Reviewed by Michael Chamy, Fri., Dec. 6, 2002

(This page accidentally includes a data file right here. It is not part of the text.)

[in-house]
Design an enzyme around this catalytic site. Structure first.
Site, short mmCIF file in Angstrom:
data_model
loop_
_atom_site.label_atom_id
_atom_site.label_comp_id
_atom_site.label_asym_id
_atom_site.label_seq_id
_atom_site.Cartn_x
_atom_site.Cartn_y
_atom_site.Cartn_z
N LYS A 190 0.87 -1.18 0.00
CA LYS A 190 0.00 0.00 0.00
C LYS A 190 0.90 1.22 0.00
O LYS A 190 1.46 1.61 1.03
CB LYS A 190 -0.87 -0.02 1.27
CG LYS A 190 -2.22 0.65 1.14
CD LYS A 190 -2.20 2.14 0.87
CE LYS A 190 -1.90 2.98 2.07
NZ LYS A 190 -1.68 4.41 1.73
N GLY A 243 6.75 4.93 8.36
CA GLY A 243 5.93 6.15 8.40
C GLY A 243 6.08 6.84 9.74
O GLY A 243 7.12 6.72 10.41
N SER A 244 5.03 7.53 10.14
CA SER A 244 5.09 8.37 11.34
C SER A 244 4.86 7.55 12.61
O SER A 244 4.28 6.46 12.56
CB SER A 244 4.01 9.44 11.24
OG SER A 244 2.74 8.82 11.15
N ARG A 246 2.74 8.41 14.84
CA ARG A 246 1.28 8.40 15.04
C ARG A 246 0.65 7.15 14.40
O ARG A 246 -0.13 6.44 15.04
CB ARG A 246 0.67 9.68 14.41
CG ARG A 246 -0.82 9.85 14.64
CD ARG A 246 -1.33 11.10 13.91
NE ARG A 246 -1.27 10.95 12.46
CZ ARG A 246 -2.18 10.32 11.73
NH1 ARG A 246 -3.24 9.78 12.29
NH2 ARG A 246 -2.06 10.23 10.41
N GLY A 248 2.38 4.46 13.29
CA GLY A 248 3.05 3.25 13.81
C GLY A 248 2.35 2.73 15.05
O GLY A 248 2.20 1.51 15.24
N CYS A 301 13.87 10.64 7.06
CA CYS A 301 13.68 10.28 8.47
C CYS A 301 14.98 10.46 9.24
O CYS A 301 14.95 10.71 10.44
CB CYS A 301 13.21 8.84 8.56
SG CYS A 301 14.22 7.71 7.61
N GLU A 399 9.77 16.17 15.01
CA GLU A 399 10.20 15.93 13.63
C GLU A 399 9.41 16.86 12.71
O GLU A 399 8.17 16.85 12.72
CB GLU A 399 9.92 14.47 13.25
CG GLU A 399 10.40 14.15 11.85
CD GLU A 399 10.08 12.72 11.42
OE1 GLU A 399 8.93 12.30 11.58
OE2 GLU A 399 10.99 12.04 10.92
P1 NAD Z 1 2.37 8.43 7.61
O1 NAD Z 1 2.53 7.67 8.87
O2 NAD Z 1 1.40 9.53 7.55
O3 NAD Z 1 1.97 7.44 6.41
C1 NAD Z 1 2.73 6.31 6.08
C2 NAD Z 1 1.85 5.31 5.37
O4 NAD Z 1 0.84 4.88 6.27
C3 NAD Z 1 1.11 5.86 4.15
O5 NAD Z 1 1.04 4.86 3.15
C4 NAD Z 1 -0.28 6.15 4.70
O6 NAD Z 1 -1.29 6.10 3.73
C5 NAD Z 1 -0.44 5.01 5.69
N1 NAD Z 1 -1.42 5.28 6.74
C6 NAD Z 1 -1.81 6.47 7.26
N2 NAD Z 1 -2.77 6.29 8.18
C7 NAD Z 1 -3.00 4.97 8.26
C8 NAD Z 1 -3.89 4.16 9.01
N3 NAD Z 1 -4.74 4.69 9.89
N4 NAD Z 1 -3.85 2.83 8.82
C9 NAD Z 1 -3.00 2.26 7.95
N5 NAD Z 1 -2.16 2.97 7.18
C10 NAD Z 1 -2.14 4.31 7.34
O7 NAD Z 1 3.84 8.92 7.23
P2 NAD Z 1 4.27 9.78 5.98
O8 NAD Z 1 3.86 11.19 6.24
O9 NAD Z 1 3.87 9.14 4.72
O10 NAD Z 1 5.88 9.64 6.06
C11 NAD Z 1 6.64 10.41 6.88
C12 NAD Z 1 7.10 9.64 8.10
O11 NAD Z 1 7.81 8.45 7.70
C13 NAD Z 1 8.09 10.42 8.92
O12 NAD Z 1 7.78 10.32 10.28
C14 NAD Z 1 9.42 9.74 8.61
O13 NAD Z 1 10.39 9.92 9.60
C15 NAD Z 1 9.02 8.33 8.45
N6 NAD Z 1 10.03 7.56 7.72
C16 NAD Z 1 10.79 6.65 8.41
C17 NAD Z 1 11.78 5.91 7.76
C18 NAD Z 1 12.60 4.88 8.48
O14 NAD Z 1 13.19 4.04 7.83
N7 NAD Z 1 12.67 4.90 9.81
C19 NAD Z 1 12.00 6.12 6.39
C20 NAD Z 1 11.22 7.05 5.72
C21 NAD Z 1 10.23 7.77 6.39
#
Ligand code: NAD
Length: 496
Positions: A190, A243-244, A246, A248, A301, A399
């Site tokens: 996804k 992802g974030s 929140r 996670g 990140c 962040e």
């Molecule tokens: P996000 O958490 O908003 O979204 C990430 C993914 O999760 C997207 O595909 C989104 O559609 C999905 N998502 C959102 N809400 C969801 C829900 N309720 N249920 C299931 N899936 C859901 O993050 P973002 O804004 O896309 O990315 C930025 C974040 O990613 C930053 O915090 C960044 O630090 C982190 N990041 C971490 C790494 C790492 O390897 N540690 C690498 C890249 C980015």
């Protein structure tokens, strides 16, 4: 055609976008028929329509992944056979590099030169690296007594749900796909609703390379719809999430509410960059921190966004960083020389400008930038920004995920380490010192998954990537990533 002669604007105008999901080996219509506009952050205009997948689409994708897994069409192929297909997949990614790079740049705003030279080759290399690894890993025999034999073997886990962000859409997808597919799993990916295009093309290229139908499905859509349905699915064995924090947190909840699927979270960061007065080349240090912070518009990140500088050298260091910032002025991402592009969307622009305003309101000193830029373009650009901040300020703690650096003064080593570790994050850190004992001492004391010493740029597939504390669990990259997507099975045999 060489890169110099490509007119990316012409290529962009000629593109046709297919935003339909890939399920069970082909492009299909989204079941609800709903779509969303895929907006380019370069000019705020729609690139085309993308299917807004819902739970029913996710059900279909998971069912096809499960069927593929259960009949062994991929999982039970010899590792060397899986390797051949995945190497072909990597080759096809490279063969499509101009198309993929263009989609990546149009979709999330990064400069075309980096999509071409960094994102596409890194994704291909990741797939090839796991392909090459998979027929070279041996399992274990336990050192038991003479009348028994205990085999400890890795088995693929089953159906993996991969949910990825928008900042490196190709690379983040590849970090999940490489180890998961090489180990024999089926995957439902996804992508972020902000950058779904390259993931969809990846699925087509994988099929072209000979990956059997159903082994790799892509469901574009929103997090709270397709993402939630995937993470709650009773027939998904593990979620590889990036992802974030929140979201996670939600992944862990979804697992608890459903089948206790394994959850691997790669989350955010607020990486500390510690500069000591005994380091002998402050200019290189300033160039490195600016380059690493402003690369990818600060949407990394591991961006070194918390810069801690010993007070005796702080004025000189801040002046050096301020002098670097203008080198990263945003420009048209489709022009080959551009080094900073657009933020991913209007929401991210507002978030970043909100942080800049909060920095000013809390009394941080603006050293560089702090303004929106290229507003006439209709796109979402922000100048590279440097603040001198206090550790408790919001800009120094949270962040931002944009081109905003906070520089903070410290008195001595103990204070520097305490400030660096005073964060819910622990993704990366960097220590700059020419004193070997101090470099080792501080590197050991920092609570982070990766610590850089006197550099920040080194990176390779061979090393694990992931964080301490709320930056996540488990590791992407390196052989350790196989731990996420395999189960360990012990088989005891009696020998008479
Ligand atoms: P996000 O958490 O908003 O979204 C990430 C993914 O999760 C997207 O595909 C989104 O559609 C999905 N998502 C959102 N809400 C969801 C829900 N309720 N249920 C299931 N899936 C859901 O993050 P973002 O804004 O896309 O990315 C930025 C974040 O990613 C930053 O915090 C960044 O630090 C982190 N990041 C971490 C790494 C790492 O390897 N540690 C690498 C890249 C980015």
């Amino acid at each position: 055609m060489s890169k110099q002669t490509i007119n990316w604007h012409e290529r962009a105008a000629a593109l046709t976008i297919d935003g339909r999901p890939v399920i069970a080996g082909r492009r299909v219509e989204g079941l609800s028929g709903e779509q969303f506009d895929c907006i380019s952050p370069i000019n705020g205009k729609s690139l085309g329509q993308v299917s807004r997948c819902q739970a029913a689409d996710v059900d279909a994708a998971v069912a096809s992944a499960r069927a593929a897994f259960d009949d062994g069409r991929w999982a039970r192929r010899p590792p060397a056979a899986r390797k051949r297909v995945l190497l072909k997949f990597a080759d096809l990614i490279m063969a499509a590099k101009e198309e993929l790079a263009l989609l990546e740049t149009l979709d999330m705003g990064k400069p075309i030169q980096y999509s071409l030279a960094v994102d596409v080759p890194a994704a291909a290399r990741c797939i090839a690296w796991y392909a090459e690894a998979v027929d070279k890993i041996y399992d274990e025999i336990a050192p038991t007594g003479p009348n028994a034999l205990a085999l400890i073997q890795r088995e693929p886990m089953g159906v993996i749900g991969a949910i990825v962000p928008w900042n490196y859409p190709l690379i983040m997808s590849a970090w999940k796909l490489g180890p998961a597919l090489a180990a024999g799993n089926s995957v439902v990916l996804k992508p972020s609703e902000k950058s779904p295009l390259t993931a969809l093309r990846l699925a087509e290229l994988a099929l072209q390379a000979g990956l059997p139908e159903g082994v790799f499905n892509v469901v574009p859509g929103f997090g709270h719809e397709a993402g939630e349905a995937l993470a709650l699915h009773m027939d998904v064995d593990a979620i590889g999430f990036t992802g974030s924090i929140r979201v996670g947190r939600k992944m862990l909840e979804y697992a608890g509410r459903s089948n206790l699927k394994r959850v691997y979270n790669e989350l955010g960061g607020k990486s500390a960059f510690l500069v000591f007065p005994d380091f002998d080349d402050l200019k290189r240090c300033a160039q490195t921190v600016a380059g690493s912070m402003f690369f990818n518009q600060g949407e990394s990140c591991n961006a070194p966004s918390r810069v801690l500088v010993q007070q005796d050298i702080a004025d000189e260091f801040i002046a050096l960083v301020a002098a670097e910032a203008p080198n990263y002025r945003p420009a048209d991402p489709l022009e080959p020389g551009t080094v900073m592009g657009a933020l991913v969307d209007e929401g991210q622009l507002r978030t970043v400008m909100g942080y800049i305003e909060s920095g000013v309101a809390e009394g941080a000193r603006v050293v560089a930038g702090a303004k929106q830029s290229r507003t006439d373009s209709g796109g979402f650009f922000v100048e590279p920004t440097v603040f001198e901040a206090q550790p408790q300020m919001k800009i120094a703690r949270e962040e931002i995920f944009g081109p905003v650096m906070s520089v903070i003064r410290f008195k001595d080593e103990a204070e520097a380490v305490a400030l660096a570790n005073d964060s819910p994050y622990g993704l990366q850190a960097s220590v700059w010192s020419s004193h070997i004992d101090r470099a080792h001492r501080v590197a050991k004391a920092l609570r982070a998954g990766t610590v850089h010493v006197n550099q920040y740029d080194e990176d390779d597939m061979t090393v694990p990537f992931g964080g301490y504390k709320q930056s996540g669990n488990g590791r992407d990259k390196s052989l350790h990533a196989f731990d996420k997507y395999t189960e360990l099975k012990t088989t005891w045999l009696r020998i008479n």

New OrderRetro (Warner Bros./Rhino) "Ceremony" is both the living end of Joy Division and the grand beginning of the New Order. It holds the amazing distinction of being perhaps the ultimate offering from not one, but two of the premier groups of the past 25 years. It almost has to lead off any New Order best-of collection. It's hard to fault disc one of this 4-CD box, the "best of the best" portion assembled by journalist Miranda Sawyer, but opening with Technique's "Fine Time" is the sole misstep on the 14-track disc. The live fourth CD, which does open with "Ceremony," ranks among Bobby Gillespie's best work, as the Primal Screamer hand-picked 14 inspired performances spanning 21 years. Bernard Sumner's possessed howls from a 1981 take of "In a Lonely Place" are the sound of an embryonic frontman shedding his cocoon. "Regret," from 1993's Reading Festival, is as big as it sounds, while the Billy Corgan-aided "Turn My Way" off last year's fine Get Ready sets up a closing take of "Temptation" from this January that could round out the greatest mix tape on Earth. Disc two is a meat-and-potatoes survey of prime-period album cuts like the Dario Argento-horrific "Elegia" and strong B-sides like 1984's wistful "Lonesome Tonight" and 1981's "Cries and Whispers." The shift from the subtle, darkly stupendous disc two to the club-dominated remix third disc couldn't be more dramatic. The over-the-top trance jam of the "Blue Monday" mix and notorious Euro-sport fight song "World in Motion" set the disc's tone, though sensitive gems like "1963" persist. Throughout, the unparalleled upper-register bass of "Cap'n" Peter Hook meshes with Sumner and keyboardist Gillian Gilbert's evocative atmospherics, propelling with equal aplomb smash dance hits, goth-punk forays, and some of the finest pop songs the world has known. Get Retro.